AURORA, Ill. - This Saturday marks the one-year anniversary of the deadly workplace shooting inside Aurora's Henry Pratt Company.
Gary Martin killed five Pratt employees, moments before he himself was about to be fired. Martin also shot and wounded five Aurora police officers responding to the tragedy before he was cornered and killed himself.
Aurora Police Officer Marco Gomez now has a new assignment, getting in top cop shape so he can get back to work.
"I miss being around the guys,” he said. “I miss going to calls."
Gomez practically lives at ATI Physical Therapy in Oswego, working five hours a day, five days a week to recover from the devastating gunshot injury to his leg.
Ironically, Gomez had just left an active shooter training class at the Aurora Police Department last Feb. 15 when the calls started to come in.
The former Marine was the fifth officer to arrive on the scene.
"It was very quiet and eerie,” he said. “And just knowing from experiences in Iraq, this was bad."
As Martin fired shots out a window, Gomez scrambled to find cover behind a loading dock.
“I felt the round, it feels like a Charlie horse,” he said. “I knew I had gotten hit, and it felt like it was in my thigh area. Immediately I knew it was bad because I started getting really dizzy, really quick."
As one officer put a tourniquet around Gomez’s leg, others returned fire to provide cover as Gomez was dragged to an ambulance. The bullet had severed the femoral artery in his right leg.
“They had so many lines going into me, trying to get as much blood into me as possible,” he said. “Just as it was going in, it was going out."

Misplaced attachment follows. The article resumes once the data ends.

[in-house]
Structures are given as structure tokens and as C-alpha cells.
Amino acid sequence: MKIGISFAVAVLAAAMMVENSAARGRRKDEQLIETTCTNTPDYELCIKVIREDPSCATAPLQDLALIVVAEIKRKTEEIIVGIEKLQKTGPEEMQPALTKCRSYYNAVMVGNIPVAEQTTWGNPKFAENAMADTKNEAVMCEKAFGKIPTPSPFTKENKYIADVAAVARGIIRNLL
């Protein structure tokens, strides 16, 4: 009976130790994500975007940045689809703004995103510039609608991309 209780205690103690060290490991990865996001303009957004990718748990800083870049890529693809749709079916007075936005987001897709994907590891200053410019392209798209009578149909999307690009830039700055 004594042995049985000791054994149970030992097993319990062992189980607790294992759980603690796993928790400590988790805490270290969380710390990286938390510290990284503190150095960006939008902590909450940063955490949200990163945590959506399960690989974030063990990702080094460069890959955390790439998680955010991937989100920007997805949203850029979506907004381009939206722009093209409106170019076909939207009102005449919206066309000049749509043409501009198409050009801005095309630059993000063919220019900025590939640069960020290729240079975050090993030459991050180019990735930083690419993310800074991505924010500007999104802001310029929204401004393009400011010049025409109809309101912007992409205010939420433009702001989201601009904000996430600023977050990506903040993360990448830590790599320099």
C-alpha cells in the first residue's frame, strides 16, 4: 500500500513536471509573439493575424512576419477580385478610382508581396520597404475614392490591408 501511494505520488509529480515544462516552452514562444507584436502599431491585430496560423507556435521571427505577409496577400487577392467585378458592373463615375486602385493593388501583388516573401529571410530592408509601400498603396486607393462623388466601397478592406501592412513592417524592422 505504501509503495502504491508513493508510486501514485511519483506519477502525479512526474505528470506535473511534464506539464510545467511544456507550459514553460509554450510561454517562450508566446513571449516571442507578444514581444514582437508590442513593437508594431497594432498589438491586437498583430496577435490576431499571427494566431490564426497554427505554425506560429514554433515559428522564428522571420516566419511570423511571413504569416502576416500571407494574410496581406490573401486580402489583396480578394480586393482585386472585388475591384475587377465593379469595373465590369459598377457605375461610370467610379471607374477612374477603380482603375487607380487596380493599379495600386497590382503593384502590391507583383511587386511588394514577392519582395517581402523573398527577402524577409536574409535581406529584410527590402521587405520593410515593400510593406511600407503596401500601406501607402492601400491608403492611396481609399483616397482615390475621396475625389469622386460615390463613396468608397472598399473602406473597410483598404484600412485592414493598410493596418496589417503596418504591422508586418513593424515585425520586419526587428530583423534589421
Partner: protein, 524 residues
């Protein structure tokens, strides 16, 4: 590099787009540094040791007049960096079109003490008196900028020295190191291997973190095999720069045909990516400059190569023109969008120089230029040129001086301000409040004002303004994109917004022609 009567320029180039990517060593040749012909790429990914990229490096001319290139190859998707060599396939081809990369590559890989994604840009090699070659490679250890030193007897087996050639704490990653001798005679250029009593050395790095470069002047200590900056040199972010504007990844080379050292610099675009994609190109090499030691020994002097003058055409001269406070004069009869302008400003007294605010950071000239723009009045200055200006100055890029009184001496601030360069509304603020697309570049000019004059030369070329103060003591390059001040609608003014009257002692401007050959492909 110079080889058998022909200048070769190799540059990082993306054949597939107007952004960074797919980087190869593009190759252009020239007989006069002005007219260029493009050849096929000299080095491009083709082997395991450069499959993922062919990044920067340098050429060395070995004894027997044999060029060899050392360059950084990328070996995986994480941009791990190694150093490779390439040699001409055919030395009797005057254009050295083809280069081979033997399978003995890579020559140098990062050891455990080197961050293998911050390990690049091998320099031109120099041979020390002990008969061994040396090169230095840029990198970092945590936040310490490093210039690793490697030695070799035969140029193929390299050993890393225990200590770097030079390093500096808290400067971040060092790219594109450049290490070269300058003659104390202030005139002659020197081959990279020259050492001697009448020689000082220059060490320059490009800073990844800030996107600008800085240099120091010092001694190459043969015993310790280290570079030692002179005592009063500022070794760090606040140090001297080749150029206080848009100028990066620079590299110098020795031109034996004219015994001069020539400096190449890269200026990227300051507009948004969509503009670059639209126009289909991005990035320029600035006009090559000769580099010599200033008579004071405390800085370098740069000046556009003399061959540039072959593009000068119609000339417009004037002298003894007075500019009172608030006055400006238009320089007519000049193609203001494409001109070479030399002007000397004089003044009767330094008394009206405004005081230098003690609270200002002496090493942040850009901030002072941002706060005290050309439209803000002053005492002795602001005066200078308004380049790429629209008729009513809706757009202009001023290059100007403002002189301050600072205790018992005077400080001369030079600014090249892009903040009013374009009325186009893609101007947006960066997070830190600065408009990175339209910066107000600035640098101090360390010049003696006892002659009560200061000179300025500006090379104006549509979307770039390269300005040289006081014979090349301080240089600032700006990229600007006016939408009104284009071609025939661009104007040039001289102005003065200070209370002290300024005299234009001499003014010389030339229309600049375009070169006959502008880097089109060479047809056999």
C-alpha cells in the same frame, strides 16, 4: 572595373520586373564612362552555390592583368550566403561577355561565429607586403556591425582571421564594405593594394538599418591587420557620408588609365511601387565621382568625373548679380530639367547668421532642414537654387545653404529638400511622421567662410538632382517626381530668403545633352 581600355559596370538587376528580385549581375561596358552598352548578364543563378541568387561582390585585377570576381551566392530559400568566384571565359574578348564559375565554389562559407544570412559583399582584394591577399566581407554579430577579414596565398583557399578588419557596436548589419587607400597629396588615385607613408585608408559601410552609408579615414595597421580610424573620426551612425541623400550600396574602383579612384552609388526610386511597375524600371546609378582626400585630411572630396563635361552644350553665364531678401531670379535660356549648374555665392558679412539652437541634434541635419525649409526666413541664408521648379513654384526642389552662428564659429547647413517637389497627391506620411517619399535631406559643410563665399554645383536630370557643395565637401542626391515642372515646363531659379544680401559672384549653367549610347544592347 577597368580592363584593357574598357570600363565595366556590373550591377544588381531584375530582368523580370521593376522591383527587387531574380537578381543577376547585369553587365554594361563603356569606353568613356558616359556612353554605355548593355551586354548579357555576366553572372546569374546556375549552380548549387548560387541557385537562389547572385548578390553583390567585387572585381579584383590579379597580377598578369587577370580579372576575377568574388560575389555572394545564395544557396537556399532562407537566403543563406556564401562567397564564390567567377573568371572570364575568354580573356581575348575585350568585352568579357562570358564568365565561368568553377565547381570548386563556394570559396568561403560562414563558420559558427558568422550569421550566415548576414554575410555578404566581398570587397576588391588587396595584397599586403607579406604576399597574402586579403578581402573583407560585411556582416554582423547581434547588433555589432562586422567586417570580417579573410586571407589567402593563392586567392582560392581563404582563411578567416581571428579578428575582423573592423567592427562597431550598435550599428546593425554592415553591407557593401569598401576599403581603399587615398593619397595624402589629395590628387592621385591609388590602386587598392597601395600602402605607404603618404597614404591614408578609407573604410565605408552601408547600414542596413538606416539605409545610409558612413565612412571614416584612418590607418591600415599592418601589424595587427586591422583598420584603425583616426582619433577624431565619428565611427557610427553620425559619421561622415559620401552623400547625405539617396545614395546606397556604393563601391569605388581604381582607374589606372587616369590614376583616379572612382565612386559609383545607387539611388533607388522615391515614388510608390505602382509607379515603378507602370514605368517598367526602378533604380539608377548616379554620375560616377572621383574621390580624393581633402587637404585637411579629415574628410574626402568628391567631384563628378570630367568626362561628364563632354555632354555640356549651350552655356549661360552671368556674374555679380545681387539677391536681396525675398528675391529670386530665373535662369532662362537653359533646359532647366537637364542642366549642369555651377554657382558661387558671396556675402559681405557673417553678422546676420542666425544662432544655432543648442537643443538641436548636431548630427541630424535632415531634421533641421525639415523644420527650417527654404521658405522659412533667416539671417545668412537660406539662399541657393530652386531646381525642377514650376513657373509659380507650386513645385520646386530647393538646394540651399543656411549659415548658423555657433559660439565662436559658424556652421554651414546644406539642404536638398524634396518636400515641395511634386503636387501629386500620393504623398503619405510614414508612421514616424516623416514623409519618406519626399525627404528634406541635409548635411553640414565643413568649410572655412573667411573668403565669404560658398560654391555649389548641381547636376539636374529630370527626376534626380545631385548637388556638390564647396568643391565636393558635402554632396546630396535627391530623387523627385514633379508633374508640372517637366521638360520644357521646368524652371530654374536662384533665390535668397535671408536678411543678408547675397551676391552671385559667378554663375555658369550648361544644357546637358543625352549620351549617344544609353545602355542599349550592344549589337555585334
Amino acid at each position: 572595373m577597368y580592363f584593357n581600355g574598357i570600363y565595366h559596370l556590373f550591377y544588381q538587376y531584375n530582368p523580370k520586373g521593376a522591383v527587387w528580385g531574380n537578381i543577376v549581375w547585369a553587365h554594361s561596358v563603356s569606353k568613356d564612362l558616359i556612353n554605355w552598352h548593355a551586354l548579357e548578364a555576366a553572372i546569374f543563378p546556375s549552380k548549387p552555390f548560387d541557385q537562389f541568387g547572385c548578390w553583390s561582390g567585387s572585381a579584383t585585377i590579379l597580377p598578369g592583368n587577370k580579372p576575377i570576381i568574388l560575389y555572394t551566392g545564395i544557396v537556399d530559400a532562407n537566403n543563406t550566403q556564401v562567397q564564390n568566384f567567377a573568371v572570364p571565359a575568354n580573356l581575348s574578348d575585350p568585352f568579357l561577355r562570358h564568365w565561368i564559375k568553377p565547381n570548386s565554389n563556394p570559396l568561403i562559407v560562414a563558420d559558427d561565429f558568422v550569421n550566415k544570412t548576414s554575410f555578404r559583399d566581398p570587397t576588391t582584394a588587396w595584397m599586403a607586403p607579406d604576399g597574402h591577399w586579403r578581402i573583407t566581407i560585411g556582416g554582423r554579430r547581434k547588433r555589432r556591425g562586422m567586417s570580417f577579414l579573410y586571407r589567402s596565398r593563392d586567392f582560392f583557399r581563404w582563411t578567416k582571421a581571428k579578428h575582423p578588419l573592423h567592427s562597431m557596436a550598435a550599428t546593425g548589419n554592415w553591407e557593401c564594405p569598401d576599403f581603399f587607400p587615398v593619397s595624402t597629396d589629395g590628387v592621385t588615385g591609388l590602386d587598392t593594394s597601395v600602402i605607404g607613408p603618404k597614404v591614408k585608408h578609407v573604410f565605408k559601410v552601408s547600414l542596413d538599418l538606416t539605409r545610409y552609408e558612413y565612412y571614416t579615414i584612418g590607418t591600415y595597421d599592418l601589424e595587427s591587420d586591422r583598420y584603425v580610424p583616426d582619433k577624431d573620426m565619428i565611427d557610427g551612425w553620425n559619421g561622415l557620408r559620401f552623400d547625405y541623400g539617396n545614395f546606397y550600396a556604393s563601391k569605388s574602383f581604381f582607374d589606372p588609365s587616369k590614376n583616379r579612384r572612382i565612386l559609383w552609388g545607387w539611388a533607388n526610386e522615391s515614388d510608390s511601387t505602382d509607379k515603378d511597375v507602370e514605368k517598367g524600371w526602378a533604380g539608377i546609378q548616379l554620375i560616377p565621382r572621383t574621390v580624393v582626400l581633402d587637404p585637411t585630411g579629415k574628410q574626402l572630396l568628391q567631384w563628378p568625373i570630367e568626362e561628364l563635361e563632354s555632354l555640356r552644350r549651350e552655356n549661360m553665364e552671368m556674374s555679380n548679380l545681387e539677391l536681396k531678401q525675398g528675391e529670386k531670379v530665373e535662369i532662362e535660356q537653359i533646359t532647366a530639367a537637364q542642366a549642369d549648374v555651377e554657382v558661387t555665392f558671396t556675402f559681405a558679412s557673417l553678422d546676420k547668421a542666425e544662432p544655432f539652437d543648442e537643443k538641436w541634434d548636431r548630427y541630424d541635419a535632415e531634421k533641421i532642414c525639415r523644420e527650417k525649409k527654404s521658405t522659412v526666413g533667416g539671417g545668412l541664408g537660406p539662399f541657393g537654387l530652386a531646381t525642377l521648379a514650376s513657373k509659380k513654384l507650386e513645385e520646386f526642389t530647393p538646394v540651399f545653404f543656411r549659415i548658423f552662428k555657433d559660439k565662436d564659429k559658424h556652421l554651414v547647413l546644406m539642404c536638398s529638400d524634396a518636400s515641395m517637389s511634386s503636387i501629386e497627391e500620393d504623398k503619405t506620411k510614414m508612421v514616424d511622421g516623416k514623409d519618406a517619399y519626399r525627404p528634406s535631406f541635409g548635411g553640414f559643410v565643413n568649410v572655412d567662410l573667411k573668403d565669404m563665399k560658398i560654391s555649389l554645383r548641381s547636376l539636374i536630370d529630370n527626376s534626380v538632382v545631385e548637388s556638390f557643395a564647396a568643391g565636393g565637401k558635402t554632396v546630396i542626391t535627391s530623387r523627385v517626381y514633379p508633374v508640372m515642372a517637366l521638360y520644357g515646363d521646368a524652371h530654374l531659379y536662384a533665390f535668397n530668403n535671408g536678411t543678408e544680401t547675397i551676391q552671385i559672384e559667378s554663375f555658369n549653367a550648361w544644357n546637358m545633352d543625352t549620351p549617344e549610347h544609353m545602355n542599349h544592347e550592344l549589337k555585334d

Now, 51 weeks later, Gomez is in the last stages of grueling physical therapy and hopes to return to work on Saturday, the one year anniversary of his shooting.
"I was very blessed in a sense,” said Aurora Police Officer John Cebulski. “From what I would say when I was 16 years old, I knew I wanted to be a police officer."
Officer Cebulski had already put in 30 years as an Aurora cop when he was shot in the knee while searching for the gunman inside the Pratt building.
“Out of the corner of my eye I saw something,” said Officer Cebulski. “I stopped and turned. There was a person coming up the steps. He started shooting right away and I guess 6, 7, 8 shots, which I got hit in the knee first shot."
Unlike Officer Gomez, Officer Cebulski's leg has been slow to recover.
“I'm not able to run efficiently, my lateral movements from left to right aren't very good,” said Officer Cebulski.
He's now filing paper in the traffic division until his disability is approved.
"It's very frustrating because I knew at some point I was going to retire from here,” said Officer Cebulski. “And it's nice to pick and choose when you’re going to do it. That was kind of taken away from me in a sense, I can't retire when I want to retire."
Of the five Aurora police officers who were shot at the Henry Pratt Company last February, officers Cebulski and Gomez remain on light duty, two other officers have returned to full-time active duty, and another has decided to retire.
"It's very easy to say ‘hey I’m done,’” said Officer Gomez. “But there's still a lot of good we could do, I could do. It could be someone crossing the street. It could be an active shooter. But you’re going to have to protect someone today."